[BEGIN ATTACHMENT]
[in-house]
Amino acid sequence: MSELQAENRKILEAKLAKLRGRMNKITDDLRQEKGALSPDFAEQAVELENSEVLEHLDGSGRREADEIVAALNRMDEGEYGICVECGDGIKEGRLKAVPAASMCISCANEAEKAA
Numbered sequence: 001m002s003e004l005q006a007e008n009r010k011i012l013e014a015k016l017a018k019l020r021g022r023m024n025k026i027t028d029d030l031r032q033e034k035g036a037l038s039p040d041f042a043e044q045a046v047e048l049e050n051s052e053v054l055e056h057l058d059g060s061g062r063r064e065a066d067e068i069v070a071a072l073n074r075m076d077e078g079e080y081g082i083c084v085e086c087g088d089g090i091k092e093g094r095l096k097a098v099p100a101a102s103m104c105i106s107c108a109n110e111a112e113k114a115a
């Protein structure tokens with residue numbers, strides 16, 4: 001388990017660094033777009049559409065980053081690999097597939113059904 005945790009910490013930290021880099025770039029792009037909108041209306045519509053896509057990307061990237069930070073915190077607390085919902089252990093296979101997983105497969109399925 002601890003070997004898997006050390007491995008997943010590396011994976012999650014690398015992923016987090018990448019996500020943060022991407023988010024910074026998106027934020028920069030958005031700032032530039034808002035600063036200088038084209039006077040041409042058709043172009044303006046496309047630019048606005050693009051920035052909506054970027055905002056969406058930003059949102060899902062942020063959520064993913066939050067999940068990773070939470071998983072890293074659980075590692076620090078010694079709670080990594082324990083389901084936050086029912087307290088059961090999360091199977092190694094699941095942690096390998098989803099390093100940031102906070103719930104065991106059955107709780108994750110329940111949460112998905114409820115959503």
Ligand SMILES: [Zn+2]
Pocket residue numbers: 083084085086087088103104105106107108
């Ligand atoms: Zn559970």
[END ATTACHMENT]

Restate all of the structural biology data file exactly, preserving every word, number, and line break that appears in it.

[in-house]
Amino acid sequence: MSELQAENRKILEAKLAKLRGRMNKITDDLRQEKGALSPDFAEQAVELENSEVLEHLDGSGRREADEIVAALNRMDEGEYGICVECGDGIKEGRLKAVPAASMCISCANEAEKAA
Numbered sequence: 001m002s003e004l005q006a007e008n009r010k011i012l013e014a015k016l017a018k019l020r021g022r023m024n025k026i027t028d029d030l031r032q033e034k035g036a037l038s039p040d041f042a043e044q045a046v047e048l049e050n051s052e053v054l055e056h057l058d059g060s061g062r063r064e065a066d067e068i069v070a071a072l073n074r075m076d077e078g079e080y081g082i083c084v085e086c087g088d089g090i091k092e093g094r095l096k097a098v099p100a101a102s103m104c105i106s107c108a109n110e111a112e113k114a115a
């Protein structure tokens with residue numbers, strides 16, 4: 001388990017660094033777009049559409065980053081690999097597939113059904 005945790009910490013930290021880099025770039029792009037909108041209306045519509053896509057990307061990237069930070073915190077607390085919902089252990093296979101997983105497969109399925 002601890003070997004898997006050390007491995008997943010590396011994976012999650014690398015992923016987090018990448019996500020943060022991407023988010024910074026998106027934020028920069030958005031700032032530039034808002035600063036200088038084209039006077040041409042058709043172009044303006046496309047630019048606005050693009051920035052909506054970027055905002056969406058930003059949102060899902062942020063959520064993913066939050067999940068990773070939470071998983072890293074659980075590692076620090078010694079709670080990594082324990083389901084936050086029912087307290088059961090999360091199977092190694094699941095942690096390998098989803099390093100940031102906070103719930104065991106059955107709780108994750110329940111949460112998905114409820115959503």
Ligand SMILES: [Zn+2]
Pocket residue numbers: 083084085086087088103104105106107108
């Ligand atoms: Zn559970």